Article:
20 July 2008

Scholarships: Who knows about them?

In my previous post, I talked about what sorts of scholarships and higher-education funding is available to Bermudian students. The question is, why do some Bermudians think there isn't very much funding available? I can assure you, my parents knew. One day I came home from high school and was presented with the Bank of Butterfield Scholarship Directory (I believe this has been replaced by scholarships.bm). The message was clear: get your butt in gear and apply for some of these scholarships.

I believe the answer has (at least!) two parts: educational and social.


  1. Educational. Many of the private-sector scholarships are performance-based. You have to be smart and accomplished to win a scholarship, and you are in competition with the top students from across the Island, in both public and private schools. By definition, that means most of these scholarships will not be awarded to students in, say, the lower 2/3 of academic performance across the Island. And because of the education system's current poor performance, most students in public education will not be able to win many of these private scholarships in a head-to-head competition against the private schools' top students (which is not to say there are no great students in public education).


  2. Social. If you are a student, how will you find out about any of these scholarships? If your parents didn't attend university, and if they don't move in circles where many people attended university, how will they know about the big book of scholarships? Who will tell them? Who will tell you? Who will explain to you how to write a compelling scholarship application, so that you can compete with students whose well-educated parents and teachers are helping them?




What can we do? I believe the situation is improving. Recent Government activity has publicised their scholarships, and the scholarships.bm web site is a good way to promote private scholarships. But, students need to be prodded into applying for appropriate scholarships, and taught how to write a good application. To me, this is the job of school guidance counselors. Also, mentoring organizations such as YouthNet, Big Brother/Sister, etc., and the churches can use their organizations to help students identify and apply for scholarships. Finally, if you are a professional, if you have a university degree, if you know anything about how the scholarship/university application process works, you have an opportunity to reach out and help the youth of Bermuda navigate what may be a new world.

3 comments:

Anonymous said...

Doug

You are absolutely correct. The issue however also extends to general apathy from students in even applying for scholarships when they exist, with too many students ready to let their parents work three jobs to pay for their education. More needs to be done by the schools to inform parents who in turn "encourage" their children to apply.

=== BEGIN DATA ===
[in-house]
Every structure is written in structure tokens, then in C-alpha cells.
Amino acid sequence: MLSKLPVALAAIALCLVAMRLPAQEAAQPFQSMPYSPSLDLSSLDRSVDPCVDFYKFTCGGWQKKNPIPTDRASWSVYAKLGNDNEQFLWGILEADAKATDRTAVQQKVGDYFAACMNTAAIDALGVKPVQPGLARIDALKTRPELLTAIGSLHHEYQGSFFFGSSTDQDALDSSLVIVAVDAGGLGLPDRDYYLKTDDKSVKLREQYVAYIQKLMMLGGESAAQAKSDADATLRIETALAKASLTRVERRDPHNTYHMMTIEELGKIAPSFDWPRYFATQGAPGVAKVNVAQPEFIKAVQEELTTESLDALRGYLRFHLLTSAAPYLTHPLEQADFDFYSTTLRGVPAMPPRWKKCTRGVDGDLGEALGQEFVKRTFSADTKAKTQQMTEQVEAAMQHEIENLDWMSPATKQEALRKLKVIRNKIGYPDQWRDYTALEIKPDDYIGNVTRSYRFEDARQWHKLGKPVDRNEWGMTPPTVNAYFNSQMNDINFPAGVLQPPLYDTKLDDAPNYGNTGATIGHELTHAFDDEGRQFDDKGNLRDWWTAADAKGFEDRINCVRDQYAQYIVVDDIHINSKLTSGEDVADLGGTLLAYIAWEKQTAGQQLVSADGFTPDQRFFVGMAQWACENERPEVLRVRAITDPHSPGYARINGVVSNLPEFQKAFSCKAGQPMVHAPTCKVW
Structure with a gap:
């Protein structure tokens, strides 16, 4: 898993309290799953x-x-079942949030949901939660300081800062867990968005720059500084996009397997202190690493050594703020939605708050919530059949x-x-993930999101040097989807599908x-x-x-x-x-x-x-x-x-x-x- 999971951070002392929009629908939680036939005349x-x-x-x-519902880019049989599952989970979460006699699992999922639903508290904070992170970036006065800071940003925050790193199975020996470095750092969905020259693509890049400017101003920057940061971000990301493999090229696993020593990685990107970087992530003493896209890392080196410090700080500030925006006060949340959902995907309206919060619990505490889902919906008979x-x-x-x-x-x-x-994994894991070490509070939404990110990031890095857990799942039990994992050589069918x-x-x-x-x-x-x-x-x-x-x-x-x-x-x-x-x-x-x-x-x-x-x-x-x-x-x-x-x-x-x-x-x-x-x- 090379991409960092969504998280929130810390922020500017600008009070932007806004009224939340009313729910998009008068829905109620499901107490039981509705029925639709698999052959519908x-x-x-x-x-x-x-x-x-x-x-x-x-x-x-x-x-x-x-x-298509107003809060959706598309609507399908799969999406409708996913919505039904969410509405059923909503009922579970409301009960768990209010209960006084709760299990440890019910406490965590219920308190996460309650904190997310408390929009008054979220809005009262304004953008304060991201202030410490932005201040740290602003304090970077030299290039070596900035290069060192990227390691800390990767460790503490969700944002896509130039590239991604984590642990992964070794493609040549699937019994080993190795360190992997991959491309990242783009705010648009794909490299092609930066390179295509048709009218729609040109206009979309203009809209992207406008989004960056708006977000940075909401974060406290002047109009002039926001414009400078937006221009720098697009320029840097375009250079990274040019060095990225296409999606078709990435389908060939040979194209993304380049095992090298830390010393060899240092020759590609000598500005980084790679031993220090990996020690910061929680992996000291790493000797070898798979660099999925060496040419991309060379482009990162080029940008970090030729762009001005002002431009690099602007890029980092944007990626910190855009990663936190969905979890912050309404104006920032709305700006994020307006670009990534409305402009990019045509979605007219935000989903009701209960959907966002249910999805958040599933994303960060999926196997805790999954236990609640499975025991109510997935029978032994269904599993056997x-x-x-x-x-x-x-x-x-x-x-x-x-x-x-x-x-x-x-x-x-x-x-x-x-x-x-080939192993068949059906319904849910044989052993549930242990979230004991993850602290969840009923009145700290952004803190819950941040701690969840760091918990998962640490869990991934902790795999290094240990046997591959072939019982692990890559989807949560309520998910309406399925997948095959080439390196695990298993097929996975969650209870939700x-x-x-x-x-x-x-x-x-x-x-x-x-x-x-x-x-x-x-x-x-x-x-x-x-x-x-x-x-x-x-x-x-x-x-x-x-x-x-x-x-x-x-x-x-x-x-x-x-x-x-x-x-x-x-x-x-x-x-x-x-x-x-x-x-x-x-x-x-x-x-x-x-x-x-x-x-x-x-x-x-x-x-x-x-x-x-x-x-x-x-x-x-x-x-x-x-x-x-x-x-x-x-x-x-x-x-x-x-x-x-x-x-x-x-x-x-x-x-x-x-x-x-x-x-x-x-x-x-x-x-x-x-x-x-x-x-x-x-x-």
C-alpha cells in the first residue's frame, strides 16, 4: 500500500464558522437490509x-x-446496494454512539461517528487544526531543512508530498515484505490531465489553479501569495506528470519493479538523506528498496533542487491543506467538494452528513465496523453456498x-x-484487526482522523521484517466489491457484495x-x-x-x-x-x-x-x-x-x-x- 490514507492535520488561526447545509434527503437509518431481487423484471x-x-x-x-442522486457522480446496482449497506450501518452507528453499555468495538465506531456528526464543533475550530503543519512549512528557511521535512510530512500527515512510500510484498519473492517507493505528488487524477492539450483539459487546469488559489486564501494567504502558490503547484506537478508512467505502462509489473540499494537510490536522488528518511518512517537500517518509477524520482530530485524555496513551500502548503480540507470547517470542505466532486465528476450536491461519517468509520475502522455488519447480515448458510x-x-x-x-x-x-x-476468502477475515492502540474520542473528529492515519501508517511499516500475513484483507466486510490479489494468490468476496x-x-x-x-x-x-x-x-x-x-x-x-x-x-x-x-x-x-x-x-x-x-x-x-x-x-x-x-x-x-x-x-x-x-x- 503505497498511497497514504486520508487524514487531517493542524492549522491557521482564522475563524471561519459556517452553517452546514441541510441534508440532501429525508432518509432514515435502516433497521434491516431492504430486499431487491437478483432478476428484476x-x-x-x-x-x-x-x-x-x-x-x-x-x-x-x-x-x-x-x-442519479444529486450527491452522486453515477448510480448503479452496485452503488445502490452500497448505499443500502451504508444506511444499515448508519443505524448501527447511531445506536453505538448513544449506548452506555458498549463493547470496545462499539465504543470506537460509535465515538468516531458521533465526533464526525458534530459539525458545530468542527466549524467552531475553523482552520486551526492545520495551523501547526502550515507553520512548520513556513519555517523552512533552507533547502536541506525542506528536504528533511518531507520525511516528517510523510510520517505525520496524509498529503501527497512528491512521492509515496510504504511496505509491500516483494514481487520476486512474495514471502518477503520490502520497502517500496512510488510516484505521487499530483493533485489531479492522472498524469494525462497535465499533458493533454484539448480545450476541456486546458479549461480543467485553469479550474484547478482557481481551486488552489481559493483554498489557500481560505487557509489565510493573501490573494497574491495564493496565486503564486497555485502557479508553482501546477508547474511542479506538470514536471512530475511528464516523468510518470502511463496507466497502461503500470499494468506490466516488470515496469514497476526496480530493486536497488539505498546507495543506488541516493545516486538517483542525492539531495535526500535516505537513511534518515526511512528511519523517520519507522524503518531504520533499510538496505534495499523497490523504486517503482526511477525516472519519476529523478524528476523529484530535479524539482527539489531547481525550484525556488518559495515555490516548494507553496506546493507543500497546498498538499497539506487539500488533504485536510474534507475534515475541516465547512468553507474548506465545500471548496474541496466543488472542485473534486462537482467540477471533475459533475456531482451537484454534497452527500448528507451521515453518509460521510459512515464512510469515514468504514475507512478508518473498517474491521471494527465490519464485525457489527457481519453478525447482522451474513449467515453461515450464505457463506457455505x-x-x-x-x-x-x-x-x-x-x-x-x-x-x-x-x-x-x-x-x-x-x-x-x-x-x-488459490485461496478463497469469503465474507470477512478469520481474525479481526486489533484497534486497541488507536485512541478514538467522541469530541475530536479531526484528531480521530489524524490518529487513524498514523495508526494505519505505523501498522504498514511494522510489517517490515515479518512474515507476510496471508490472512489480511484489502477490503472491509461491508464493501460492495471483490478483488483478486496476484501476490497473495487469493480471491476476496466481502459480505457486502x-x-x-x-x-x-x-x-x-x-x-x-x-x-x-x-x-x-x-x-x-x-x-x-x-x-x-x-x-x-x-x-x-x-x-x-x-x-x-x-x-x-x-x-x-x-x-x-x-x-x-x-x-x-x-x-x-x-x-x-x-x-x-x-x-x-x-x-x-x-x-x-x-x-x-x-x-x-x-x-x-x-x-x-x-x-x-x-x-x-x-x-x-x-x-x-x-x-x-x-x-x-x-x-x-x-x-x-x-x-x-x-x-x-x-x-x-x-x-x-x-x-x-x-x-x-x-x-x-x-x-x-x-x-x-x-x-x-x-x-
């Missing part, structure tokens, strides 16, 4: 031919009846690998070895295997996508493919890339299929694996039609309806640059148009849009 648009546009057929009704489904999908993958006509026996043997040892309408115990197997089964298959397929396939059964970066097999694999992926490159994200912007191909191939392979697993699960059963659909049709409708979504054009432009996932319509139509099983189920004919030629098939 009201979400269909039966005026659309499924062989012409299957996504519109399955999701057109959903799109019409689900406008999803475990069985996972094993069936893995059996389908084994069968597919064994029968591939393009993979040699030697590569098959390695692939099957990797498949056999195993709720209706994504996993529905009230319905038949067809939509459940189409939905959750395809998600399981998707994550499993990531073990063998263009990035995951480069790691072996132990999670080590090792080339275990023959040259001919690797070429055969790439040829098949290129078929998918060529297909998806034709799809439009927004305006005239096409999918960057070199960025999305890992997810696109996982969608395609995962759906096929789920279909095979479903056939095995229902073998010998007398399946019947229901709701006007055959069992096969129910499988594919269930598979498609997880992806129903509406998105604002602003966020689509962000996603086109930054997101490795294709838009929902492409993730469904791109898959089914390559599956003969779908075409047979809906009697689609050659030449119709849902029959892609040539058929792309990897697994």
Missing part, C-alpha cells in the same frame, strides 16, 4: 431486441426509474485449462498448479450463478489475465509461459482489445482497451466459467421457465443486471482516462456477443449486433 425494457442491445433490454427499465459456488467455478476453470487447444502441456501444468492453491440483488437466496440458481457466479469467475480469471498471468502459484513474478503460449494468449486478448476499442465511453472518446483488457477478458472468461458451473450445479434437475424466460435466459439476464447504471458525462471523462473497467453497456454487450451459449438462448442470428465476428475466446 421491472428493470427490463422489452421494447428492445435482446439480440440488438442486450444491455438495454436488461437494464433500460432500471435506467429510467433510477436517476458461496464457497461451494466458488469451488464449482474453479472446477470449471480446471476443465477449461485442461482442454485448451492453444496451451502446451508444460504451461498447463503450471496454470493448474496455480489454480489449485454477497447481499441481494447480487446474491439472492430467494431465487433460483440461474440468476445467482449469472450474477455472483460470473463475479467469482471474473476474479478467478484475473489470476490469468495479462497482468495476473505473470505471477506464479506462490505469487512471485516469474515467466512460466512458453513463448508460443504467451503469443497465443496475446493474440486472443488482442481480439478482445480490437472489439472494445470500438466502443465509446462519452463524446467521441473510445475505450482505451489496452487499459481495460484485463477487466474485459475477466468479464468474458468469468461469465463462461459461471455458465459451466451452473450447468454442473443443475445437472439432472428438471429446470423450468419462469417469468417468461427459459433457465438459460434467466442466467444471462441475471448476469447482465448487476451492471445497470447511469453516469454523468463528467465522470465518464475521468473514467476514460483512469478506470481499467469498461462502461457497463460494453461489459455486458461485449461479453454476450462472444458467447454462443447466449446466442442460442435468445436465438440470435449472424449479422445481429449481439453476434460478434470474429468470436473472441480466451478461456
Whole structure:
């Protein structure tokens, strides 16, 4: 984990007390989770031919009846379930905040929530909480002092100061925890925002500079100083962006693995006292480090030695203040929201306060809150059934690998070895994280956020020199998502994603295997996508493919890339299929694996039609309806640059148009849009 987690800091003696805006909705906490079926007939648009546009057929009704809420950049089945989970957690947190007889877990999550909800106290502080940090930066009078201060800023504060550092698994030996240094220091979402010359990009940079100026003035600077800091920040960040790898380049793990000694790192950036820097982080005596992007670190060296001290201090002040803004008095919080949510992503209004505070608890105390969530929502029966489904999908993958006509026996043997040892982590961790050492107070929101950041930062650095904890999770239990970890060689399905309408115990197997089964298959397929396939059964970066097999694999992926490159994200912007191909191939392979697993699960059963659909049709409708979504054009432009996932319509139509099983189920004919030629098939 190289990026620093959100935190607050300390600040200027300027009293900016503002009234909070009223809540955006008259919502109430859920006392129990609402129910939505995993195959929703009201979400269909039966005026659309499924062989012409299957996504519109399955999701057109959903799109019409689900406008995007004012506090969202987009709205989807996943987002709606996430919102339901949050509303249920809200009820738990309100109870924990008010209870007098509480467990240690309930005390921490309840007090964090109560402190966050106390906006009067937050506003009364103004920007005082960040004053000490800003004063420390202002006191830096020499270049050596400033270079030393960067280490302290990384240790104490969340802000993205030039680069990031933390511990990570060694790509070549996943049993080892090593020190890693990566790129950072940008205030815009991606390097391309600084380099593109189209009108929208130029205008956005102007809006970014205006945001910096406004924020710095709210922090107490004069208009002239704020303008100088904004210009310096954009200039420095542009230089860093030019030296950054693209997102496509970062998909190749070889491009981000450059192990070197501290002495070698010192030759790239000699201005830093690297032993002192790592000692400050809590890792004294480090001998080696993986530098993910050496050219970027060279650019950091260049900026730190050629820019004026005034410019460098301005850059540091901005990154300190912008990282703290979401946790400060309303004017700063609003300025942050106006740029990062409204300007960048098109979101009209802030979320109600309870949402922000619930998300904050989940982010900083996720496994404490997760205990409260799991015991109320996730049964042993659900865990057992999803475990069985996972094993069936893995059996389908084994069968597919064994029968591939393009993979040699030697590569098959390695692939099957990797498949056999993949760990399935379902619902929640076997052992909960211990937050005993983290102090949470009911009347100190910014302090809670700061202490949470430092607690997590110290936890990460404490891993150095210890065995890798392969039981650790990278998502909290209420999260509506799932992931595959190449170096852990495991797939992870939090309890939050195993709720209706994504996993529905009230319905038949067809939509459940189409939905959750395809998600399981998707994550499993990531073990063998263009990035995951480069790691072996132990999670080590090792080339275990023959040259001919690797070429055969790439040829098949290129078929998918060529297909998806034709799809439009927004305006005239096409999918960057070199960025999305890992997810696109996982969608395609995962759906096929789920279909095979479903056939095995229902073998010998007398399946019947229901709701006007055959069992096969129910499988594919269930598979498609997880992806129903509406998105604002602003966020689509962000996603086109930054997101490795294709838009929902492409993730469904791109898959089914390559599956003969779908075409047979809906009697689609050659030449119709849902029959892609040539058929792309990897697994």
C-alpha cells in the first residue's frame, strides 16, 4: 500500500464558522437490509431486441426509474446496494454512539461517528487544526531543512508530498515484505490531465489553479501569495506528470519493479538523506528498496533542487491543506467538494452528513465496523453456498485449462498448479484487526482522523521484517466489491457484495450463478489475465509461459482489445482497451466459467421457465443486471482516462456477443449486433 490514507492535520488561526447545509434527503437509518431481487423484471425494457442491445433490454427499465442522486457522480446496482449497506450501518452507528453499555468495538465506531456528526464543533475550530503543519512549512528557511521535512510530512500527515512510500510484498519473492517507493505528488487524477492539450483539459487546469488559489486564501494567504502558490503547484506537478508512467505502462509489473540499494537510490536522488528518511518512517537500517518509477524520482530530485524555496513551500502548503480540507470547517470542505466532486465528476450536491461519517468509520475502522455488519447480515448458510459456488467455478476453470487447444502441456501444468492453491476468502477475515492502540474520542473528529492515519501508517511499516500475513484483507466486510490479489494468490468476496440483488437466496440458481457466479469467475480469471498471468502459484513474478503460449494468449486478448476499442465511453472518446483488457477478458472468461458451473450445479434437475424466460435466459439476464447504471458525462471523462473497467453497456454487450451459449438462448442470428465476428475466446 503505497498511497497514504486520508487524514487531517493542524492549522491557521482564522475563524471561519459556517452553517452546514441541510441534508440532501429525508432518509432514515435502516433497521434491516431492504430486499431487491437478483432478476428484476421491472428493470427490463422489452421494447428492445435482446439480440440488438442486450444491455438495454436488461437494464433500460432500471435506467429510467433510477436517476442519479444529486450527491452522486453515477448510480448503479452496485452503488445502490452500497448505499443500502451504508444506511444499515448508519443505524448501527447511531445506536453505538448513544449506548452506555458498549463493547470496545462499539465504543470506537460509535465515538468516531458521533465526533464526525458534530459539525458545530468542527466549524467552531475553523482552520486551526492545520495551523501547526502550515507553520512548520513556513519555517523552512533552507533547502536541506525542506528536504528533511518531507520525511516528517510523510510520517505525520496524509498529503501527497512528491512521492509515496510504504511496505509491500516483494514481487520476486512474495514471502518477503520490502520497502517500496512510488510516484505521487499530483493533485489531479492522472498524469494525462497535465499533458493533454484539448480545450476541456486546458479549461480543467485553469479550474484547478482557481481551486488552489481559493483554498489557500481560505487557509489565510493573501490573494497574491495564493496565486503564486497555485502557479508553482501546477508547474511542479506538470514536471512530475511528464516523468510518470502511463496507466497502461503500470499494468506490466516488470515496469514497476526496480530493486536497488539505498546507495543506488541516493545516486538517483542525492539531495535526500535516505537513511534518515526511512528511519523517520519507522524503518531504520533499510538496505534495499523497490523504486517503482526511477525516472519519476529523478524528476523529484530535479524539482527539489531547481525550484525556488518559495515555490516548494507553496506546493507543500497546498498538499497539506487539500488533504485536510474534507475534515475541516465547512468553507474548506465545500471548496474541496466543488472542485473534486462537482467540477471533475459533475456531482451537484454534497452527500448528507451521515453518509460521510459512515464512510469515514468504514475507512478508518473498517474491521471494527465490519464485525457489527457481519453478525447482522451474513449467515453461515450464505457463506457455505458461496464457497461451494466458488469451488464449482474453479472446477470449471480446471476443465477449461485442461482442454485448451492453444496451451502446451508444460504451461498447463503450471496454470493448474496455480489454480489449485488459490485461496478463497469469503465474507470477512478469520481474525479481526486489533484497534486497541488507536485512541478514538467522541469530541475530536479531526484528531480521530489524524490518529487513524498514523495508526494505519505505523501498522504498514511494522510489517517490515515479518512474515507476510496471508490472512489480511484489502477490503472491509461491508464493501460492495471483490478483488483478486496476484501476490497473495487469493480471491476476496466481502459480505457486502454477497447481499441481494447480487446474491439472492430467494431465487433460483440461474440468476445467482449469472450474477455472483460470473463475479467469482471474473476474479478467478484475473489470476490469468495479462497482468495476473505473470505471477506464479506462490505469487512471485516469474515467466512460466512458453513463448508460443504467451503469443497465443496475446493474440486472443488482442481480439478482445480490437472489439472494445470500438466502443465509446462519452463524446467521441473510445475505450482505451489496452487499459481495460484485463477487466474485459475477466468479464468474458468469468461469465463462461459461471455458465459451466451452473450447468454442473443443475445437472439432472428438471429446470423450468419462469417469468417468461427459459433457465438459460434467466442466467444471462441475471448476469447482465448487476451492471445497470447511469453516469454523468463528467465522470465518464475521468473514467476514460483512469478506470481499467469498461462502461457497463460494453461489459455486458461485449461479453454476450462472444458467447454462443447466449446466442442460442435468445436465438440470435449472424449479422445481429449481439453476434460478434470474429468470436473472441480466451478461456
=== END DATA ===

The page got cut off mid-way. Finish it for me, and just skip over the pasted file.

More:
Classes need to be introduced in the final two years of school so that students are also "encouraged" to fill out applications for both universities and scholarships. There are plenty of young people who deserve assistance but unless they are made to drink the water when led to it they will simply not do what is required.

Denis Pitcher said...

There are a couple other factors which could be undertaken to improve the availability of scholarships.

Standardization is the big one. Submission deadlines as well as the applications process could be standardized so that it is easier to apply for a bulk of scholarships at once. The reason being is that often times the deadlines are counterproductive to the timing of exams and busy periods in school and the cost of applying (acquiring multiple copies of official documents and posting them from abroad if you're away at the time of the deadline) can get very costly.

The other means of standardization are scholarship requirements. It may be different now, but years ago when I relied on the BNTB list there were often requirements that were not listed so if applied for a scholarship you were not actually eligible for, you were doing little more than wasting your time and money without knowing.

Anonymous said...

I think that if someone wants or needs the money to go to school, and are driven enough to seriously want it, they will seek out the scholarship opportunities. The schools have all of the resources for students willing to ask.

As a student that has gone after, and been awarded several scholarships, I believe that students should not be coddled. You can ask for help if necessary, but at the end of the day, you should be selling yourself not having a guidance teacher telling you a cookie-cutter way of filling out a form. Again, if a student is talented enough and driven enough to deserve a scholarship, they will chase up the documentation, fill the forms and try to represent themselves to the best of their ability.